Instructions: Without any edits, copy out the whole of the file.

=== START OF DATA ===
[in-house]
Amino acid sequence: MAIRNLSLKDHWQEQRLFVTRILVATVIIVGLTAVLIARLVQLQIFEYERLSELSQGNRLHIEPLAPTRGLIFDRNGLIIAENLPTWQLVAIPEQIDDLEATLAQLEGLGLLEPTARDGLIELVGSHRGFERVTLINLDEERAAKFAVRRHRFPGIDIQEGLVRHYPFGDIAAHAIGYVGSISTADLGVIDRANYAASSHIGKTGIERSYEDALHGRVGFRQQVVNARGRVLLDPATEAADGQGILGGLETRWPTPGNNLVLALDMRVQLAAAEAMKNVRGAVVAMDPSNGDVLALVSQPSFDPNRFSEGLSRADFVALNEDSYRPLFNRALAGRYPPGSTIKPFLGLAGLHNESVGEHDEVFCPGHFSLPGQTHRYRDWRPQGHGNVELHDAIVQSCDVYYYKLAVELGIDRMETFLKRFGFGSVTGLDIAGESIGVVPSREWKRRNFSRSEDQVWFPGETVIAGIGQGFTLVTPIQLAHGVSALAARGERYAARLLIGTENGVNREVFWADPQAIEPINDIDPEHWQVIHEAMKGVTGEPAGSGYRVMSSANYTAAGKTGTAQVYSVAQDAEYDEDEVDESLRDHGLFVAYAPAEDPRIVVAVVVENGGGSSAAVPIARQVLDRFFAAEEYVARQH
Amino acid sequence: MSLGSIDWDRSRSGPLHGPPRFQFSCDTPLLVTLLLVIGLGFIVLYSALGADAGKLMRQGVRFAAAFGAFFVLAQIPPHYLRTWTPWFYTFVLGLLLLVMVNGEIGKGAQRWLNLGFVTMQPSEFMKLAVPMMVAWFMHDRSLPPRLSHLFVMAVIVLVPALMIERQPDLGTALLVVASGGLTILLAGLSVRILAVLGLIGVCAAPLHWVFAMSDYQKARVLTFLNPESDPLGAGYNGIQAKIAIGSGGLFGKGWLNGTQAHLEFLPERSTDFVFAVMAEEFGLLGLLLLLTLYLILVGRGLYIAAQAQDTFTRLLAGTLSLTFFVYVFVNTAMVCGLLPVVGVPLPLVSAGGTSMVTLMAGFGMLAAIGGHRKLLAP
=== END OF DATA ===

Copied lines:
[in-house]
Amino acid sequence: MAIRNLSLKDHWQEQRLFVTRILVATVIIVGLTAVLIARLVQLQIFEYERLSELSQGNRLHIEPLAPTRGLIFDRNGLIIAENLPTWQLVAIPEQIDDLEATLAQLEGLGLLEPTARDGLIELVGSHRGFERVTLINLDEERAAKFAVRRHRFPGIDIQEGLVRHYPFGDIAAHAIGYVGSISTADLGVIDRANYAASSHIGKTGIERSYEDALHGRVGFRQQVVNARGRVLLDPATEAADGQGILGGLETRWPTPGNNLVLALDMRVQLAAAEAMKNVRGAVVAMDPSNGDVLALVSQPSFDPNRFSEGLSRADFVALNEDSYRPLFNRALAGRYPPGSTIKPFLGLAGLHNESVGEHDEVFCPGHFSLPGQTHRYRDWRPQGHGNVELHDAIVQSCDVYYYKLAVELGIDRMETFLKRFGFGSVTGLDIAGESIGVVPSREWKRRNFSRSEDQVWFPGETVIAGIGQGFTLVTPIQLAHGVSALAARGERYAARLLIGTENGVNREVFWADPQAIEPINDIDPEHWQVIHEAMKGVTGEPAGSGYRVMSSANYTAAGKTGTAQVYSVAQDAEYDEDEVDESLRDHGLFVAYAPAEDPRIVVAVVVENGGGSSAAVPIARQVLDRFFAAEEYVARQH
Amino acid sequence: MSLGSIDWDRSRSGPLHGPPRFQFSCDTPLLVTLLLVIGLGFIVLYSALGADAGKLMRQGVRFAAAFGAFFVLAQIPPHYLRTWTPWFYTFVLGLLLLVMVNGEIGKGAQRWLNLGFVTMQPSEFMKLAVPMMVAWFMHDRSLPPRLSHLFVMAVIVLVPALMIERQPDLGTALLVVASGGLTILLAGLSVRILAVLGLIGVCAAPLHWVFAMSDYQKARVLTFLNPESDPLGAGYNGIQAKIAIGSGGLFGKGWLNGTQAHLEFLPERSTDFVFAVMAEEFGLLGLLLLLTLYLILVGRGLYIAAQAQDTFTRLLAGTLSLTFFVYVFVNTAMVCGLLPVVGVPLPLVSAGGTSMVTLMAGFGMLAAIGGHRKLLAP